Over the past few decades, a lot of things have changed when it comes to how we use mobile and online technology in order to communicate and interact with each other. Whether for the purpose of keeping up to date on current events, or looking up facts, or simply just for random entertainment, innovations in IT has improved it by leaps and bounds. However, one sector of society seems to be left behind by all the innovations made in IT, namely the Education sector.
Schools and colleges remain grounded and governed by a highly rigid world that depends on a sense of time, a fixed set of roles, a concrete place, a strict set of content, a physical diploma, and a bureaucratic environment in which students are inferior to instructors in every aspect of the learning process.
Outside of the Education sector, on the other hand, boundaries are constantly being erased whether they’re institutional or political, and people regardless of age are participating in their respective social spheres in a wide variety of ways. This meant that a lot of our younger students are forced to live double lives – in which one finds them in complete control of information and their social identities, while the other forces them to conform to an outmoded and strict one-size-fits-all environment.
In a way, this conflict between cultures can be referred to as The Cloud against the Fog, and tends to prove that the future of higher education may be found within the cloud. For instance, colleges can leverage several cloud-based technologies in order to encourage students to be more innovative and productive, nurturing the kind of students that place importance in their own education.
The term cloud refers to a virtual world that is interconnected through the web or through mobile networks. Due to their interconnected nature, cloud-based systems can learn about the users quickly, with such systems able to mine user-related data with every log-in and keystroke. Said data can then be fed back or shared with researchers and other users and systems.
The Fog, on the other hand, represents the bureaucratic lack of access to information, red tape, and policies that are layered over each other and covering a world full of rules and regulations. The Fog cannot readily adapt to a more open and transparent society. One key difference between the two is that Cloud can offer a systematized process of transferring and articulating issues of students, while the Fog can only make it confusing and expensive.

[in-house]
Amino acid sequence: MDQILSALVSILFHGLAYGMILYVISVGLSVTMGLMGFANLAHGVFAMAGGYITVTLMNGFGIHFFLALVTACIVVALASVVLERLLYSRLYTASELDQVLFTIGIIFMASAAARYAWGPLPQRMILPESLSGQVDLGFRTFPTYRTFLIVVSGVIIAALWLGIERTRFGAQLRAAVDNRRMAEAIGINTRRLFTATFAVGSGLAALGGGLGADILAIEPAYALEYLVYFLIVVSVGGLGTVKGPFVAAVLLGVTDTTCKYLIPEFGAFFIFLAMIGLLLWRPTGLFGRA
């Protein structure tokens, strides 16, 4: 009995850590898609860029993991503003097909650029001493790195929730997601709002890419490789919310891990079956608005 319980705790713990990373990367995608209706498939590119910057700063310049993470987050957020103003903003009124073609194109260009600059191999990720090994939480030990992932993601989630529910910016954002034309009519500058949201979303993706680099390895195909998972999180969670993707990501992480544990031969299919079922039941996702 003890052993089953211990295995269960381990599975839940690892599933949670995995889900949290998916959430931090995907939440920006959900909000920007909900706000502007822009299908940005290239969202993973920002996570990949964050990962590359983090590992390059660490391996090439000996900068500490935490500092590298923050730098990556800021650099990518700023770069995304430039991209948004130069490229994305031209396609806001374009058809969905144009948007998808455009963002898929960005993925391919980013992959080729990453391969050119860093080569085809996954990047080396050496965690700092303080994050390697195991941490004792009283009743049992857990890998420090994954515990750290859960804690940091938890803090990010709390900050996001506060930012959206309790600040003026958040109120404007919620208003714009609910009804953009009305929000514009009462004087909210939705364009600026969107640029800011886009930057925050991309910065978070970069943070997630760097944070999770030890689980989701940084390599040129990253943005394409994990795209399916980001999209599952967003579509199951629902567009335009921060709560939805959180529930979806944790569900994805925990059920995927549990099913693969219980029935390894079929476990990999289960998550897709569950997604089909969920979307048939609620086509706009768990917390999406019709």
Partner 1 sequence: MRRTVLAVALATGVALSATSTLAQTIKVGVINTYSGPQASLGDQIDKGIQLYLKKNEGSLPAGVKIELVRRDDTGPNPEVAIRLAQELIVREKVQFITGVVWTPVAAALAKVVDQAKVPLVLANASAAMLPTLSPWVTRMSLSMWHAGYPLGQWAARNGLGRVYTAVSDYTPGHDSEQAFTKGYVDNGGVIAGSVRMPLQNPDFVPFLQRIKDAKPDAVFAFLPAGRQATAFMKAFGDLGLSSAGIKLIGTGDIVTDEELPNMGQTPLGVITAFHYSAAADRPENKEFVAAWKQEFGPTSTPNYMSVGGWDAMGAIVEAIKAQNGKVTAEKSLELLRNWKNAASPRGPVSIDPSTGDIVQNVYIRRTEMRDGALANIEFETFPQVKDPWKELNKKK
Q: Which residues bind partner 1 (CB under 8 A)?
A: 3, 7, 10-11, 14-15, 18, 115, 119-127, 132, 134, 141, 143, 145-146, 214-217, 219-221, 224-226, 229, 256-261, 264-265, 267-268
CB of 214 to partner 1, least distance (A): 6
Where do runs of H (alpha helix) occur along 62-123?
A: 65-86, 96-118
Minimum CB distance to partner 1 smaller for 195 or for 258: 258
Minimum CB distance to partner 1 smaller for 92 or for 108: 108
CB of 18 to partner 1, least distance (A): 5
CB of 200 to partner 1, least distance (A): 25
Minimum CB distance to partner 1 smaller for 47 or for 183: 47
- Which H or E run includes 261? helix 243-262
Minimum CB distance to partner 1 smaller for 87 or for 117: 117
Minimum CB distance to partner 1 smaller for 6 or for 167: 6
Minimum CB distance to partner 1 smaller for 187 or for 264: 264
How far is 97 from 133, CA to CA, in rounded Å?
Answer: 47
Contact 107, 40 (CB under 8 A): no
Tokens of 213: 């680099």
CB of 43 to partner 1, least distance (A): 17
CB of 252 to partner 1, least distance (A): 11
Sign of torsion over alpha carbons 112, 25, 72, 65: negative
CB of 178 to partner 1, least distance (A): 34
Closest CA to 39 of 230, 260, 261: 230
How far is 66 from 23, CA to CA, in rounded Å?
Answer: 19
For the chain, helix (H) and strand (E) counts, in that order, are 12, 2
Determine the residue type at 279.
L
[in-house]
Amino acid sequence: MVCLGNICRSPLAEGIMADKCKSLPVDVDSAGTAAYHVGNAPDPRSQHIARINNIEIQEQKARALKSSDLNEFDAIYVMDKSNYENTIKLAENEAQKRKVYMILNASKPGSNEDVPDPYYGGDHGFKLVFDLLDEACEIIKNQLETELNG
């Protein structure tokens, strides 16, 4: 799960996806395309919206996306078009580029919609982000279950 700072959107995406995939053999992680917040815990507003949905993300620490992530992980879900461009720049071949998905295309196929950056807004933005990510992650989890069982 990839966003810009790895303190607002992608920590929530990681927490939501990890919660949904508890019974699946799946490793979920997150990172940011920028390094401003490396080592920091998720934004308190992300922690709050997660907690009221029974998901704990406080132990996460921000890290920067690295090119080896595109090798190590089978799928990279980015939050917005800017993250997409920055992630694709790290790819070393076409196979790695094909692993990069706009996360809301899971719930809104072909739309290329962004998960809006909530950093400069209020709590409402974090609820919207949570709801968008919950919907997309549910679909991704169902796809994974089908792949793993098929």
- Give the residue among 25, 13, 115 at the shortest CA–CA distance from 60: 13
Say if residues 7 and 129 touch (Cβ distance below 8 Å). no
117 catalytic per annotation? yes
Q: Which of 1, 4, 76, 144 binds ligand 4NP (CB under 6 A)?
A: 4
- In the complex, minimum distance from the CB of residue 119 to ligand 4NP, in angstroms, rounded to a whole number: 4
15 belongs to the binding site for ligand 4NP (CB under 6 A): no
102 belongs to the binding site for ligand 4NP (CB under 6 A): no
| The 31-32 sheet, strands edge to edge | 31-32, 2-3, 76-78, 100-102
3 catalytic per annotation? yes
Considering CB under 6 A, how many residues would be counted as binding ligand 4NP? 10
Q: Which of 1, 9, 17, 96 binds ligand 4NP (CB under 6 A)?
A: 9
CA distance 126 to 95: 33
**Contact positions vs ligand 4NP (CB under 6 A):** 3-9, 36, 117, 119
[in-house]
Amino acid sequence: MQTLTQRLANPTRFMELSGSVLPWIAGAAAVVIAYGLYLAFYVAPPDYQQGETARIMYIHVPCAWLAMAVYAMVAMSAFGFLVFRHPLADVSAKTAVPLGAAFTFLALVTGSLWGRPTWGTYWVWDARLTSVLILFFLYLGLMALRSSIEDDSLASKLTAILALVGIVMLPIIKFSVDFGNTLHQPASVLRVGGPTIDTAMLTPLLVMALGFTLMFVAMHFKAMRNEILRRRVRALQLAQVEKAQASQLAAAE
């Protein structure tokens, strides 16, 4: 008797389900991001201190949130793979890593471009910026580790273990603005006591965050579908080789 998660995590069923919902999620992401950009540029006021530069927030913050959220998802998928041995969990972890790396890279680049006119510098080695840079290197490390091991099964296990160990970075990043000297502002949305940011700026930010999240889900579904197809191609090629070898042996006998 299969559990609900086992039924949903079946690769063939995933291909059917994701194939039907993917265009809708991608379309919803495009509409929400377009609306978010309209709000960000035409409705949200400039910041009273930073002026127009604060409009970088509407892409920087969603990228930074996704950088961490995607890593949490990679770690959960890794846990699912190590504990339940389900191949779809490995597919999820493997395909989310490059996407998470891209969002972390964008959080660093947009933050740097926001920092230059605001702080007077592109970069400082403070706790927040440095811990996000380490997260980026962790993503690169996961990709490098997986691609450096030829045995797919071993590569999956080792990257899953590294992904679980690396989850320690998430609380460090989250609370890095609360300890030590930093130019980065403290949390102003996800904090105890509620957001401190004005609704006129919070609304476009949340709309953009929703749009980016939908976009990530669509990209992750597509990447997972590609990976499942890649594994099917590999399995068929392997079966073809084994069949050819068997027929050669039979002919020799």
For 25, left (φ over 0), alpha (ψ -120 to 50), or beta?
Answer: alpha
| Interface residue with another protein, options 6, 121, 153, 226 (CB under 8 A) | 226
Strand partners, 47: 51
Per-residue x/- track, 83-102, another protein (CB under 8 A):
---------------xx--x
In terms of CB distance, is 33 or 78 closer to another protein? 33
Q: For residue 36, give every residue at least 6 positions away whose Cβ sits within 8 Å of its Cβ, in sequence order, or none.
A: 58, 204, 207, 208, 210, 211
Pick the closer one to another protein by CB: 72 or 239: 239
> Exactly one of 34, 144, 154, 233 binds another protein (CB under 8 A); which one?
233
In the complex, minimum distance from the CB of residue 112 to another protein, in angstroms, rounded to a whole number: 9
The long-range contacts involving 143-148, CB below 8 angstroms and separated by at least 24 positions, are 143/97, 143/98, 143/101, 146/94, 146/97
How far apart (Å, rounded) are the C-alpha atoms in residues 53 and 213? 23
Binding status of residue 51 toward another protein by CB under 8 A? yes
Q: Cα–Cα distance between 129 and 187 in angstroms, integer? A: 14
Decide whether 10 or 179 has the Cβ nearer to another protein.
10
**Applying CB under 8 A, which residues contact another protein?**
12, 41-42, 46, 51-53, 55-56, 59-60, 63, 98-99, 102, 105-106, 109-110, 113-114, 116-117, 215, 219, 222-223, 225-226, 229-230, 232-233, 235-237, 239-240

This is not an encouragement for rampant, unchecked data mining, but rather a wake up call, stating that big data, real time analytics and digital identities are already here. The games students play, such as those on Zynga, and the services they use like Amazon or iTunes, already know more a lot about our children than they do themselves, than the education system that we have entrusted their futures to. With the cloud, higher education can provide a powerful and smart system that helps mold students into future innovators and productive citizens.
Unfortunately, a lot of institutions are missing the point. Online courses, digital content, and unproven apps have been employed to pierce the fog, but these are not capable of transforming education because they do not follow the data-rich nature of Cloud. Rather, all data flows in one direction, making it as rigid and useless as traditional education systems.
To pierce the Fog, colleges must adopt the key principles that made the cloud such as strategic benefit to systems, such as:
Identity Formation and Management – basically, the cloud requires identities for its users, so the users are aware of their own identities and are also capable of control over it. Not only can it inspire the pride of ownership, it also makes students accountable and aware of their own accountability.
Social Networks and Learning Communities – learning should be enjoyable. While that doesn’t mean it should be turned into games, the whole learning process can take its cue from social networking and develop a community around it, where students can share and receive feedback from other students or their instructors. This system prevents students from being held back by demographic circumstances or inattention.
Data Mining and Assessment – colleges can be more effective in helping students and faculty members if they really know who these people are, and it can only be done by gathering behavioral data, performance assessments, and other similar factors that help online trading banking and health record systems be efficient.
One of the problems of academic systems, and the main hurdle they face, is their overreliance on “silos” – there are different buyers for different functions, from student information systems to learning management, to campus analytics and others. They need to be integrated and made more efficient so that they can serve the end users, not the administrators, better.
At the end of the day, life and society in general has improved along with technology, adopting a more horizontal system. Colleges on the other hand, remain hierarchical. This is disappointing, especially considering that the last few examples of smart use of digitization leading to degrees actually came from other countries instead of the United States. The irony is that the US is being left behind by other countries through smart and clever use of technology that the US either invented or developed themselves.